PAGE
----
In the next few weeks, the card will come and we'll all hunker down and learn it using the rules of the League.   The League stands ready to answer your questions and work to ensure that for the next 365 days we get our $8 or $9 worth of enjoyment and comaraderie playing the game we love.  Bring it on!


  1. nice article
    I would love to see the league step up and be more reachable with a modern website, so all the "rules" things could be address in a day to day manner

  2. Thought it was always a rule to place a called tile "on" the rack as opposed to "in" the rack. Didn't know there was an option.

  3. We all want to know. Are you bringing NEWS back??

  4. This comment has been removed by a blog administrator.

  5. Can someone tell me if there is a rule regarding the discard of a tile and if someone is allowed to yell "wait" if the next person has already picked up a tile and about to rack it. It seems we have a lady who always wants to win and she holds up the game a lot.

    1. A discard may be called up until the time the next player picks and racks or discards. Being "about to rack" is not racked. It must be fully in the rack. Any player can call for a tile but they are not obligated to take it until they either place it on their rack or expose tiles from their hand. Some people rack very quickly to avoid the problem you have described above. Good luck!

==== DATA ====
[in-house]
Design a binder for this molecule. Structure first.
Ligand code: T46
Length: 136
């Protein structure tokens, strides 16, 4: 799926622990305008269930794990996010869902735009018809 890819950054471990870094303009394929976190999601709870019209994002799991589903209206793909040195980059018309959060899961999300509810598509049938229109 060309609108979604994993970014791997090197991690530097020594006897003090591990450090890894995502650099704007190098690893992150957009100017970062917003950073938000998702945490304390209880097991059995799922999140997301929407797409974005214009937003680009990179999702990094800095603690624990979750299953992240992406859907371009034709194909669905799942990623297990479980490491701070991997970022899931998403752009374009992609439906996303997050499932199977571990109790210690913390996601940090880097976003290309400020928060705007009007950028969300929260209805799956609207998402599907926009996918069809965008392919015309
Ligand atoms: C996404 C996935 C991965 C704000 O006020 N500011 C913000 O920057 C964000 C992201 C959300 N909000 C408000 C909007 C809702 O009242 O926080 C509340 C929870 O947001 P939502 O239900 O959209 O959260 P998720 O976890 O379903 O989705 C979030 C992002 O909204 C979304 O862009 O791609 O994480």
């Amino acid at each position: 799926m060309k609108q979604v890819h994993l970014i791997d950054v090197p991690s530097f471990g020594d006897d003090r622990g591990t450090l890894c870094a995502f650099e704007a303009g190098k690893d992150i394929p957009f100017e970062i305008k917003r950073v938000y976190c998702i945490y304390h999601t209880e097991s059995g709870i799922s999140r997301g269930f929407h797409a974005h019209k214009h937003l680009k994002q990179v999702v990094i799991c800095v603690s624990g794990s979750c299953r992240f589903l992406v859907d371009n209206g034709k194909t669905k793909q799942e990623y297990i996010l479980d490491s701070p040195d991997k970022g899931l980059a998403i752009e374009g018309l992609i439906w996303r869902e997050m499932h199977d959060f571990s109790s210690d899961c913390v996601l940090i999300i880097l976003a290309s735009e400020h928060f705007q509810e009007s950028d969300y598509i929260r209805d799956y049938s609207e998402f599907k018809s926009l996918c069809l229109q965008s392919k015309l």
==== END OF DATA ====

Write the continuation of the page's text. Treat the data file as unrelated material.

6. Thanks Linda for your clarification. But, I guess my real question is does the person picking up the tile have to hold from racking if someone yells "wait" and then she decides after a few minutes not to call for the tile but held the game up for her to think about it. This happens often and I know it is annoying to many playing at the table.

    1. Yes, if someone says "wait," then the player who picked the tile should put the tile back in the wall she picked it from and not hold it in her hand. If the player who called says "never mind," or decides not to take the tile, then the next player picks and racks. There is no rule to prevent someone from saying "wait" and holding up the game while she thinks about it. It's a matter of courtesy to other players and if she is taking too long then you may want to speak to her about it, or create a table rule that you can only call if you are sure you want the tile. But unfortunately, the rules are in her favor.